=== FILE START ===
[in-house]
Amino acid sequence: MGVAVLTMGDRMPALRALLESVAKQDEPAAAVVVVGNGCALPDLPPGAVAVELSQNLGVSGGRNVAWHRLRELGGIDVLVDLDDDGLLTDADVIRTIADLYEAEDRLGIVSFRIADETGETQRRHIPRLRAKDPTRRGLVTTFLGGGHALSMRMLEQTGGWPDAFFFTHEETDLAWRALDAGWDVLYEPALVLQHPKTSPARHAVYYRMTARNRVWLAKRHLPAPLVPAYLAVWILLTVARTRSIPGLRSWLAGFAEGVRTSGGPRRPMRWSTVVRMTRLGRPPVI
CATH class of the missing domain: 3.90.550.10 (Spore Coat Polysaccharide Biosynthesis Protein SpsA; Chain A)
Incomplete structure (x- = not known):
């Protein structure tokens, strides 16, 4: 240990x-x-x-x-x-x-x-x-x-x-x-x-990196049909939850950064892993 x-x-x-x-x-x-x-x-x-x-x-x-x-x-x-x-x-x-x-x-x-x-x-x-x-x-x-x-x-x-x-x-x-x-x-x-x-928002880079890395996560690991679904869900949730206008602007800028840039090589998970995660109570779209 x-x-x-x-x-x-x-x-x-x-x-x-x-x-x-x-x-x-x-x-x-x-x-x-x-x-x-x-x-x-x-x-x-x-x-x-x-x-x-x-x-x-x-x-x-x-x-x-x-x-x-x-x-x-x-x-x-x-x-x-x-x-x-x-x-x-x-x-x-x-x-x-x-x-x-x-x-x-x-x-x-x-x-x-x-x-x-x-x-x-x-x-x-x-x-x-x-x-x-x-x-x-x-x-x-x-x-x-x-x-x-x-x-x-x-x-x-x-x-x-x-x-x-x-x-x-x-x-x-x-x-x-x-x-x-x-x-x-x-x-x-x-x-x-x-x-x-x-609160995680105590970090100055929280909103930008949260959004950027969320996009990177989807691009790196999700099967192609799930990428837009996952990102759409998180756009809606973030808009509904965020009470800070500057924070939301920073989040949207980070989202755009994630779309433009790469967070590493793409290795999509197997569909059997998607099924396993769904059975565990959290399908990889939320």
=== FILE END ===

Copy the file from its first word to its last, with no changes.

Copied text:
[in-house]
Amino acid sequence: MGVAVLTMGDRMPALRALLESVAKQDEPAAAVVVVGNGCALPDLPPGAVAVELSQNLGVSGGRNVAWHRLRELGGIDVLVDLDDDGLLTDADVIRTIADLYEAEDRLGIVSFRIADETGETQRRHIPRLRAKDPTRRGLVTTFLGGGHALSMRMLEQTGGWPDAFFFTHEETDLAWRALDAGWDVLYEPALVLQHPKTSPARHAVYYRMTARNRVWLAKRHLPAPLVPAYLAVWILLTVARTRSIPGLRSWLAGFAEGVRTSGGPRRPMRWSTVVRMTRLGRPPVI
CATH class of the missing domain: 3.90.550.10 (Spore Coat Polysaccharide Biosynthesis Protein SpsA; Chain A)
Incomplete structure (x- = not known):
């Protein structure tokens, strides 16, 4: 240990x-x-x-x-x-x-x-x-x-x-x-x-990196049909939850950064892993 x-x-x-x-x-x-x-x-x-x-x-x-x-x-x-x-x-x-x-x-x-x-x-x-x-x-x-x-x-x-x-x-x-x-x-x-x-928002880079890395996560690991679904869900949730206008602007800028840039090589998970995660109570779209 x-x-x-x-x-x-x-x-x-x-x-x-x-x-x-x-x-x-x-x-x-x-x-x-x-x-x-x-x-x-x-x-x-x-x-x-x-x-x-x-x-x-x-x-x-x-x-x-x-x-x-x-x-x-x-x-x-x-x-x-x-x-x-x-x-x-x-x-x-x-x-x-x-x-x-x-x-x-x-x-x-x-x-x-x-x-x-x-x-x-x-x-x-x-x-x-x-x-x-x-x-x-x-x-x-x-x-x-x-x-x-x-x-x-x-x-x-x-x-x-x-x-x-x-x-x-x-x-x-x-x-x-x-x-x-x-x-x-x-x-x-x-x-x-x-x-x-x-609160995680105590970090100055929280909103930008949260959004950027969320996009990177989807691009790196999700099967192609799930990428837009996952990102759409998180756009809606973030808009509904965020009470800070500057924070939301920073989040949207980070989202755009994630779309433009790469967070590493793409290795999509197997569909059997998607099924396993769904059975565990959290399908990889939320």